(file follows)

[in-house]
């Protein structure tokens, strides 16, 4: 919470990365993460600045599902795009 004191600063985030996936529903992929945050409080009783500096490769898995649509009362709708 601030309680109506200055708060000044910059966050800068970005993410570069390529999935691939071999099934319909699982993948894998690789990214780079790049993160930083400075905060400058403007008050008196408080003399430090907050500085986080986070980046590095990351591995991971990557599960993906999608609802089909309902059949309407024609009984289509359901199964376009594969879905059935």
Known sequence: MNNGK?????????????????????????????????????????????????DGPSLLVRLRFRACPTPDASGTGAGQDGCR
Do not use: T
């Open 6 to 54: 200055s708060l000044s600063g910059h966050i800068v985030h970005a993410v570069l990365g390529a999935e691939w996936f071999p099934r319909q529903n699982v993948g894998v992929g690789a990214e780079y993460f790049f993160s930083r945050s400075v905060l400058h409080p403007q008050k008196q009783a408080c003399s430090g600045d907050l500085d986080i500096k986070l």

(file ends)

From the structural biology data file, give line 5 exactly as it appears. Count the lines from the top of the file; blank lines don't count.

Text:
């Open 6 to 54: 200055s708060l000044s600063g910059h966050i800068v985030h970005a993410v570069l990365g390529a999935e691939w996936f071999p099934r319909q529903n699982v993948g894998v992929g690789a990214e780079y993460f790049f993160s930083r945050s400075v905060l400058h409080p403007q008050k008196q009783a408080c003399s430090g600045d907050l500085d986080i500096k986070l």